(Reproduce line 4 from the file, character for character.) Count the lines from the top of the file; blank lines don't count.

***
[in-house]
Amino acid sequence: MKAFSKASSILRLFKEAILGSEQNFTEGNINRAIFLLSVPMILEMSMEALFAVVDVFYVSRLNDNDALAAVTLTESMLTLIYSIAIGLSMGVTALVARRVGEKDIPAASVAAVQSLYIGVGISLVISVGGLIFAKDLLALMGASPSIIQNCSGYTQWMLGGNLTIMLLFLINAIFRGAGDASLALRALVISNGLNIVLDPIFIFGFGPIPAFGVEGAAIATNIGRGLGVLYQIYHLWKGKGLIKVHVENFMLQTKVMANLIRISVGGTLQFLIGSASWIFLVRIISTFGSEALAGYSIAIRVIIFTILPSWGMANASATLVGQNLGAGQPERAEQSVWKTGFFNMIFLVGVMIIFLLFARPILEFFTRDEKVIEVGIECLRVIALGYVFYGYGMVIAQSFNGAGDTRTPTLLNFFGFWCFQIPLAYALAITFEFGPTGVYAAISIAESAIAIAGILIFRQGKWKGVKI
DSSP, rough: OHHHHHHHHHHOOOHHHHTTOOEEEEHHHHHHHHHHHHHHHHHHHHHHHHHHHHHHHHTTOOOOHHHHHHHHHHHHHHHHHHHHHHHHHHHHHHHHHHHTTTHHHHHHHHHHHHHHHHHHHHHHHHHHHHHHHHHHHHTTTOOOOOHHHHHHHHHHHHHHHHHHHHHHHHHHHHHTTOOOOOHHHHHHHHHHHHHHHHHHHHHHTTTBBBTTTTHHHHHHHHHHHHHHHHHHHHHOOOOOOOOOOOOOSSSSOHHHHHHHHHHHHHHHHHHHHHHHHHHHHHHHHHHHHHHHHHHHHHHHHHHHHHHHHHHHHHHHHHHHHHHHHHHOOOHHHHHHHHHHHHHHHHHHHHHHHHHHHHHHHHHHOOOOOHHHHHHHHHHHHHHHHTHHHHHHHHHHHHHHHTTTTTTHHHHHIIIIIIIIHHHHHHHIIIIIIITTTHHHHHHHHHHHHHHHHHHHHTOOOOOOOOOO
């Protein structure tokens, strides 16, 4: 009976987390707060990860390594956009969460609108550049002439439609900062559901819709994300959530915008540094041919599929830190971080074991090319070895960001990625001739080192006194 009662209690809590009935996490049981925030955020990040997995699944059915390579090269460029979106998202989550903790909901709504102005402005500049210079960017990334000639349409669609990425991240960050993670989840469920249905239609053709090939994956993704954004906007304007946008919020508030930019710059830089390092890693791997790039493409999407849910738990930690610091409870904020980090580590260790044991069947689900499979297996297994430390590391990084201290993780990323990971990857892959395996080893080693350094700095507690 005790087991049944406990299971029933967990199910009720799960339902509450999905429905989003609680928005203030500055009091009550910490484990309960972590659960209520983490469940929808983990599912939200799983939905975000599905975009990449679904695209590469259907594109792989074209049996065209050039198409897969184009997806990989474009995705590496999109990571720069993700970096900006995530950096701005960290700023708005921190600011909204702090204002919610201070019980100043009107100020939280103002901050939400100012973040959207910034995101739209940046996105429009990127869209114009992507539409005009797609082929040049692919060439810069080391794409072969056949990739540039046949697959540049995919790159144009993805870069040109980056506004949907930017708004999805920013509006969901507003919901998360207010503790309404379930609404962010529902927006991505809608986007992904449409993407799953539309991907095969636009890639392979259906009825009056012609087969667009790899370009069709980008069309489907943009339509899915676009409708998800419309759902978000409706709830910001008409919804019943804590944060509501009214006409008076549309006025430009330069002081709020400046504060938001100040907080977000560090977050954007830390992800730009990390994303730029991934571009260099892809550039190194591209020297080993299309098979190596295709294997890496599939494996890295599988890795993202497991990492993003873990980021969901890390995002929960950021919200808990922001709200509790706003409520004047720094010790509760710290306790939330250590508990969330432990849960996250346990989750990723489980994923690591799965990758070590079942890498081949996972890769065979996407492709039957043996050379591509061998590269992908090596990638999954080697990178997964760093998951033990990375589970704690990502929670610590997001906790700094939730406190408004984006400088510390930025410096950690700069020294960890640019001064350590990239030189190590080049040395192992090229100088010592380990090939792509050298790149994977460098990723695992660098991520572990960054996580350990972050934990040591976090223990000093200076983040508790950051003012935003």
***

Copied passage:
């Protein structure tokens, strides 16, 4: 009976987390707060990860390594956009969460609108550049002439439609900062559901819709994300959530915008540094041919599929830190971080074991090319070895960001990625001739080192006194 009662209690809590009935996490049981925030955020990040997995699944059915390579090269460029979106998202989550903790909901709504102005402005500049210079960017990334000639349409669609990425991240960050993670989840469920249905239609053709090939994956993704954004906007304007946008919020508030930019710059830089390092890693791997790039493409999407849910738990930690610091409870904020980090580590260790044991069947689900499979297996297994430390590391990084201290993780990323990971990857892959395996080893080693350094700095507690 005790087991049944406990299971029933967990199910009720799960339902509450999905429905989003609680928005203030500055009091009550910490484990309960972590659960209520983490469940929808983990599912939200799983939905975000599905975009990449679904695209590469259907594109792989074209049996065209050039198409897969184009997806990989474009995705590496999109990571720069993700970096900006995530950096701005960290700023708005921190600011909204702090204002919610201070019980100043009107100020939280103002901050939400100012973040959207910034995101739209940046996105429009990127869209114009992507539409005009797609082929040049692919060439810069080391794409072969056949990739540039046949697959540049995919790159144009993805870069040109980056506004949907930017708004999805920013509006969901507003919901998360207010503790309404379930609404962010529902927006991505809608986007992904449409993407799953539309991907095969636009890639392979259906009825009056012609087969667009790899370009069709980008069309489907943009339509899915676009409708998800419309759902978000409706709830910001008409919804019943804590944060509501009214006409008076549309006025430009330069002081709020400046504060938001100040907080977000560090977050954007830390992800730009990390994303730029991934571009260099892809550039190194591209020297080993299309098979190596295709294997890496599939494996890295599988890795993202497991990492993003873990980021969901890390995002929960950021919200808990922001709200509790706003409520004047720094010790509760710290306790939330250590508990969330432990849960996250346990989750990723489980994923690591799965990758070590079942890498081949996972890769065979996407492709039957043996050379591509061998590269992908090596990638999954080697990178997964760093998951033990990375589970704690990502929670610590997001906790700094939730406190408004984006400088510390930025410096950690700069020294960890640019001064350590990239030189190590080049040395192992090229100088010592380990090939792509050298790149994977460098990723695992660098991520572990960054996580350990972050934990040591976090223990000093200076983040508790950051003012935003």